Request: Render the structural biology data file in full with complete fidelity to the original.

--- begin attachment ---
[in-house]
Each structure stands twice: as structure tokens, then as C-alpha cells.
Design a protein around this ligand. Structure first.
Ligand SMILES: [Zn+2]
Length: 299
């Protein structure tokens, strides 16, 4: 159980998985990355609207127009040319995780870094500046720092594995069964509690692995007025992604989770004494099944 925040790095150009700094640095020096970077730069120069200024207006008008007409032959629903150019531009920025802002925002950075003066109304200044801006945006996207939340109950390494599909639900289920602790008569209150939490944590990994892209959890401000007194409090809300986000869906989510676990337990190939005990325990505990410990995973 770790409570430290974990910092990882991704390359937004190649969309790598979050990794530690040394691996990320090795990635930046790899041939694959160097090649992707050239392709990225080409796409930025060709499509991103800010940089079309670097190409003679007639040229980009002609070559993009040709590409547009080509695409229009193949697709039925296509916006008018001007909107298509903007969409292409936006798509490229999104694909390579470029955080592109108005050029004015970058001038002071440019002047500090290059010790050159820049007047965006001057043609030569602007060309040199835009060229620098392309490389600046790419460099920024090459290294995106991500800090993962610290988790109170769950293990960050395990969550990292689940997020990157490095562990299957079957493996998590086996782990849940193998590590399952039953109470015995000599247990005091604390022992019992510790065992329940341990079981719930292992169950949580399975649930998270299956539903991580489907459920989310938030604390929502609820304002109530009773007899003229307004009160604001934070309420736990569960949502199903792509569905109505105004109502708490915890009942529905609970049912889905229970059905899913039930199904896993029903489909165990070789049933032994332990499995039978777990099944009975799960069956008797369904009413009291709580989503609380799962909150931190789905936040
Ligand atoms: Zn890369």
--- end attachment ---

[in-house]
Each structure stands twice: as structure tokens, then as C-alpha cells.
Design a protein around this ligand. Structure first.
Ligand SMILES: [Zn+2]
Length: 299
């Protein structure tokens, strides 16, 4: 159980998985990355609207127009040319995780870094500046720092594995069964509690692995007025992604989770004494099944 925040790095150009700094640095020096970077730069120069200024207006008008007409032959629903150019531009920025802002925002950075003066109304200044801006945006996207939340109950390494599909639900289920602790008569209150939490944590990994892209959890401000007194409090809300986000869906989510676990337990190939005990325990505990410990995973 770790409570430290974990910092990882991704390359937004190649969309790598979050990794530690040394691996990320090795990635930046790899041939694959160097090649992707050239392709990225080409796409930025060709499509991103800010940089079309670097190409003679007639040229980009002609070559993009040709590409547009080509695409229009193949697709039925296509916006008018001007909107298509903007969409292409936006798509490229999104694909390579470029955080592109108005050029004015970058001038002071440019002047500090290059010790050159820049007047965006001057043609030569602007060309040199835009060229620098392309490389600046790419460099920024090459290294995106991500800090993962610290988790109170769950293990960050395990969550990292689940997020990157490095562990299957079957493996998590086996782990849940193998590590399952039953109470015995000599247990005091604390022992019992510790065992329940341990079981719930292992169950949580399975649930998270299956539903991580489907459920989310938030604390929502609820304002109530009773007899003229307004009160604001934070309420736990569960949502199903792509569905109505105004109502708490915890009942529905609970049912889905229970059905899913039930199904896993029903489909165990070789049933032994332990499995039978777990099944009975799960069956008797369904009413009291709580989503609380799962909150931190789905936040
Ligand atoms: Zn890369």